History of The Metropolitan Police, London. Est 1829
The Metropolitan Police, London
- Policing in the 17th and 18th centuries – one unarmed able-bodied citizen in each parish
- Man was appointed or elected annually to serve for a year unpaid as parish constable.
- Worked in co-operation with the local Justices in observing laws and maintaining order.
- In towns, responsibility for the maintenance of order was conferred on the guilds
- Later conferred on other specified groups of citizens
- These supplied bodies of paid men, known as The Watch
- The Watch guarded the gates and patrolled the streets at night
- Huge social and economic changes and increases in town populations meant parish constables and Watch systems couldn’t cope.
- In 1812, 1818 and 1822, Parliamentary committees investigated crime and policing.
- Impotence of the law-enforcement machinery was a serious menace
- Conditions became intolerable
Led to the formation of the New Police
The Metropolitan Police
- Established by an Act of Parliament in 1829 by Sir Robert Peel
- Peel appointed 2 Commissioners
- Appointed 895 Constables, 88 Sergeants, 20 Inspectors and 8 Superintendents.
- Superseded the local Watch in the London area but the City of London was not covered.
- Numbers increased
- Grew to include the Greater London area (excluding the City of London)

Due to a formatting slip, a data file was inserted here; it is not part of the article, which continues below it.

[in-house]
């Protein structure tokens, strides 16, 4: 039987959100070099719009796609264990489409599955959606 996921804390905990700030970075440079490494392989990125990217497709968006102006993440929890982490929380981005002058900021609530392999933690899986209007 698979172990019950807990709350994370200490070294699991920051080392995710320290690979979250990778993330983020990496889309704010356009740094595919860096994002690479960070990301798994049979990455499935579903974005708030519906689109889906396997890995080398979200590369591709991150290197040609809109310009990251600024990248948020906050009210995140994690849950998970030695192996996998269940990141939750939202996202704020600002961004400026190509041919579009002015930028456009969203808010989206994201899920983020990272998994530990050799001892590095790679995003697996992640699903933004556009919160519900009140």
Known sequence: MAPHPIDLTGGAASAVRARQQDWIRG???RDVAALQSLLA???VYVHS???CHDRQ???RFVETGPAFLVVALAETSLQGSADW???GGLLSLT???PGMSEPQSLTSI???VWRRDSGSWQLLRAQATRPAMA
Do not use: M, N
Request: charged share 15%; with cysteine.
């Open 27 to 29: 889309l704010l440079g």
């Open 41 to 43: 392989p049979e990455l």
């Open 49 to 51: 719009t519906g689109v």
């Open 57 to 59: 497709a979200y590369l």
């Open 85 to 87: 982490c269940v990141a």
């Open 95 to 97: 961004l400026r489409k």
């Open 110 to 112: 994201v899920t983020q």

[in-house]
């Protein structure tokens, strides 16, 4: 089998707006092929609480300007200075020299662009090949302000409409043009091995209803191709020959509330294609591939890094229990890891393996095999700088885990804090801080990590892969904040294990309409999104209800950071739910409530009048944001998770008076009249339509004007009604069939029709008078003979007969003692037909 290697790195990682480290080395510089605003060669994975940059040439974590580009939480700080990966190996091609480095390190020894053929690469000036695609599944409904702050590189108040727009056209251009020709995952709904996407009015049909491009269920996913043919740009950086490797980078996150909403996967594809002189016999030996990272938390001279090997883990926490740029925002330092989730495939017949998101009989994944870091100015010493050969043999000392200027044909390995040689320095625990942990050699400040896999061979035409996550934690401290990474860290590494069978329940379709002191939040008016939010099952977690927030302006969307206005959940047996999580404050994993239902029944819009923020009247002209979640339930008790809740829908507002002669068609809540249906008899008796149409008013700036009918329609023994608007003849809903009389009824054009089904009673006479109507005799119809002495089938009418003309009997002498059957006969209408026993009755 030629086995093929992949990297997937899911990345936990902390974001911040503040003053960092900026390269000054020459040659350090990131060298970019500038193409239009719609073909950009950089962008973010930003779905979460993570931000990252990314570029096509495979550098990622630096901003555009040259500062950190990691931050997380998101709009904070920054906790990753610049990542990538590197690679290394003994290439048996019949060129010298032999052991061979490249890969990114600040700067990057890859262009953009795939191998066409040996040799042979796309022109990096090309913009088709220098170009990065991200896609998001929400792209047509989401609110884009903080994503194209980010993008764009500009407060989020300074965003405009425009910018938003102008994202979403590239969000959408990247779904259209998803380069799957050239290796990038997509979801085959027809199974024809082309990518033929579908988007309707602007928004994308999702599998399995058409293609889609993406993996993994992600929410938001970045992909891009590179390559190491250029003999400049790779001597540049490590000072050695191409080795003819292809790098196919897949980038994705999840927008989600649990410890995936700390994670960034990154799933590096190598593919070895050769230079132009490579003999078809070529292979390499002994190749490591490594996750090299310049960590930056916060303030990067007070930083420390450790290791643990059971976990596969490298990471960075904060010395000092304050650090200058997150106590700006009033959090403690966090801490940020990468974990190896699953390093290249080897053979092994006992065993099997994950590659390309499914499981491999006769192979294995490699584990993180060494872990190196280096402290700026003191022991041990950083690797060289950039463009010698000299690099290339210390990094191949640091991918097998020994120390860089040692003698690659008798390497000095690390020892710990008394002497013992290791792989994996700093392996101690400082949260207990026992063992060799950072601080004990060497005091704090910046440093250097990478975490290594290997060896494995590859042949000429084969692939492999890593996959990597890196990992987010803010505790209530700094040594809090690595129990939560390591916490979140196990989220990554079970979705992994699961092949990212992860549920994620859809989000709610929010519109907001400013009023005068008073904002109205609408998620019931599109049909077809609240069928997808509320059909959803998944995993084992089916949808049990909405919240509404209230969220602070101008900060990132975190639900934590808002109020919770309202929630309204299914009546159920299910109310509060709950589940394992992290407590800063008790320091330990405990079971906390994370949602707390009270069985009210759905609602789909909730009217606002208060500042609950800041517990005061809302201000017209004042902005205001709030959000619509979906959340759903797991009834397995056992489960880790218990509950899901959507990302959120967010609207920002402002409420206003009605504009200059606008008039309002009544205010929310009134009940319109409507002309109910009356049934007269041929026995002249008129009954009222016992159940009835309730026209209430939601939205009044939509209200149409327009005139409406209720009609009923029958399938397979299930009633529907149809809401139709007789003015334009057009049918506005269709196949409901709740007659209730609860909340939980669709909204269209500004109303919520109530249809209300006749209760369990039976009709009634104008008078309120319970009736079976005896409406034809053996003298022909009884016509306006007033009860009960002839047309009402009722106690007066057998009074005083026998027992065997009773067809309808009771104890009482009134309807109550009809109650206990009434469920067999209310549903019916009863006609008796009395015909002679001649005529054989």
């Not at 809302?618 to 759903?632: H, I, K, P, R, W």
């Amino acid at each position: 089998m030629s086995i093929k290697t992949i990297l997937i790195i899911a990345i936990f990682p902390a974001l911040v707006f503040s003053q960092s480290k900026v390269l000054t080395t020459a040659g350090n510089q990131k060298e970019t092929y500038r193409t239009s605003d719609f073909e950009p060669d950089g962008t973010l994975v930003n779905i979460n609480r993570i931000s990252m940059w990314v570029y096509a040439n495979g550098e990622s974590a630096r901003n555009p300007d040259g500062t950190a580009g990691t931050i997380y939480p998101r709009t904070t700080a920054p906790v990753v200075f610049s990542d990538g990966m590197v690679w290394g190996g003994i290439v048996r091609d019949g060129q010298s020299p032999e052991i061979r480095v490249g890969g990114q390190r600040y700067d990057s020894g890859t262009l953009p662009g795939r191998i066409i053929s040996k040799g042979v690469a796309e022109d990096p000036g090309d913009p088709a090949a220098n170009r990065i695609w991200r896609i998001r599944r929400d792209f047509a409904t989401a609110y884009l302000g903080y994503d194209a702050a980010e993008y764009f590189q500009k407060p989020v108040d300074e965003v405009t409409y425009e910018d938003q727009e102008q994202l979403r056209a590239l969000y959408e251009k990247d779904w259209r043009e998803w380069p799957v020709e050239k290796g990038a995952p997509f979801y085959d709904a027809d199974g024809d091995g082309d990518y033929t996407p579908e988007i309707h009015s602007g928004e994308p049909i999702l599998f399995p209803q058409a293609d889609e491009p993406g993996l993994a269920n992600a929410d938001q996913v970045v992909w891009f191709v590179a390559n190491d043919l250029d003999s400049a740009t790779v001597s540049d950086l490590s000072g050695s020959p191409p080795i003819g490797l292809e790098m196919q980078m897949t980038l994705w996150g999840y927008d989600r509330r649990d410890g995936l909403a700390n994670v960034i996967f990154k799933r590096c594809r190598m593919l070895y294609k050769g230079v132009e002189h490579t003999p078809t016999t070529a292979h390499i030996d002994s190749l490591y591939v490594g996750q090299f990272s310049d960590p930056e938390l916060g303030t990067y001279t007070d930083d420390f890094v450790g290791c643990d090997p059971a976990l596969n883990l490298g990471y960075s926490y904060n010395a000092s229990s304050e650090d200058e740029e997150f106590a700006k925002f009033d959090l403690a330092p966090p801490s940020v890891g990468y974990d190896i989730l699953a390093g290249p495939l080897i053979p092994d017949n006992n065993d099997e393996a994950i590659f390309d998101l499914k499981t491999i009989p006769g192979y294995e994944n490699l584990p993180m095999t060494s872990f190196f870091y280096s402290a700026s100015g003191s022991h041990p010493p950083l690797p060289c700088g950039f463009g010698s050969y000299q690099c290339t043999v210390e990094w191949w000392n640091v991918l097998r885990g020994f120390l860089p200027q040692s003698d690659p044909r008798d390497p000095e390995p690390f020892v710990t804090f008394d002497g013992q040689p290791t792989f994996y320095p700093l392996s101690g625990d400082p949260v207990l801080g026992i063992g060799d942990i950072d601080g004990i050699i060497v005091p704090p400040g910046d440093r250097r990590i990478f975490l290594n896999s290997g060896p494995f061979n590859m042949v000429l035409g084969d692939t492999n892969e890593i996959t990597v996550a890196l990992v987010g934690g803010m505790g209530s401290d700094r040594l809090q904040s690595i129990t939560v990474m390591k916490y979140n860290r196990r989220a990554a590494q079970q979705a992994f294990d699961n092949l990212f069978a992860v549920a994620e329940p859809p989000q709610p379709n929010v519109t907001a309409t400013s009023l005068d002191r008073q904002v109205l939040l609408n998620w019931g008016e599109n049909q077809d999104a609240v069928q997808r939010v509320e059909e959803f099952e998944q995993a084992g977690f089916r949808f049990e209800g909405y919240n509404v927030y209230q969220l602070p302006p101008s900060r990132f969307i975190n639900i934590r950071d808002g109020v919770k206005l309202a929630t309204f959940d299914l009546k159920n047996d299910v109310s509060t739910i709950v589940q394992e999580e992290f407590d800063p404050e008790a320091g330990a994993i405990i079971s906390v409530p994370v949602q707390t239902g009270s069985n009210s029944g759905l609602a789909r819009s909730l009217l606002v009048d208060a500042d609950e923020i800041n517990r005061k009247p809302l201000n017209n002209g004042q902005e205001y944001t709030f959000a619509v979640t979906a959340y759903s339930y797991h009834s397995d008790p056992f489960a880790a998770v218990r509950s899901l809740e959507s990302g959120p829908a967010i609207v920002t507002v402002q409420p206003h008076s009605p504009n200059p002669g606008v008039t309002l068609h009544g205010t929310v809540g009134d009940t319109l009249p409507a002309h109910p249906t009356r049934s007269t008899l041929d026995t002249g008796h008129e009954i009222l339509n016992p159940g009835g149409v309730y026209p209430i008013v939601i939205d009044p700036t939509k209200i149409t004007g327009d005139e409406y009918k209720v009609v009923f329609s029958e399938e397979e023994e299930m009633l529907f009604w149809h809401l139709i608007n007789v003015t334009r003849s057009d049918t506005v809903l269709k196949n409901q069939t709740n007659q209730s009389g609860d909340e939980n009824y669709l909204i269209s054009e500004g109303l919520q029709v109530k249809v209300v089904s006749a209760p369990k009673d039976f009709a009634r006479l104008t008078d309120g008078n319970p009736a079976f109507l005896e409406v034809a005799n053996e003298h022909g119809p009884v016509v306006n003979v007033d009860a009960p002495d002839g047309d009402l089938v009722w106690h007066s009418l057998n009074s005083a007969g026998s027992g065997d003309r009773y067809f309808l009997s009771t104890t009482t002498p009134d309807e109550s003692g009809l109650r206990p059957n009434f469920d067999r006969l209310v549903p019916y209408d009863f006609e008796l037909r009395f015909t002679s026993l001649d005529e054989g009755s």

- Included parts of the Home Counties and all Royal Naval Dock Yards throughout the country.
- First officer was given the warrant number ‘1’
- Today the service is reaching near to a quarter million
- The warrant number is unique to the officer
Different from the shoulder number which changes as the officer moves stations.
- Colonel Charles Rowan and Richard Mayne organised and designed the New Police
- The two Commissioners occupied a private house at 4, Whitehall Place
- The back opened on to a courtyard and used as a police station
This address led to the headquarters of the Metropolitan Police being known as Scotland Yard.
Other Police organisations
- Some older police establishments remained outside control of the Metropolitan Police Office
- The Bow Street Patrols, mounted and foot, commonly called the Bow Street runners.
- Police Office constables attached to the offices of, and under the control of, the Magistrates.
The Marine or River Police.
By 1839 all these establishments had been absorbed by the Metropolitan Police Force.
The City of London Police, which was set up in 1839, remains an independent force to this day.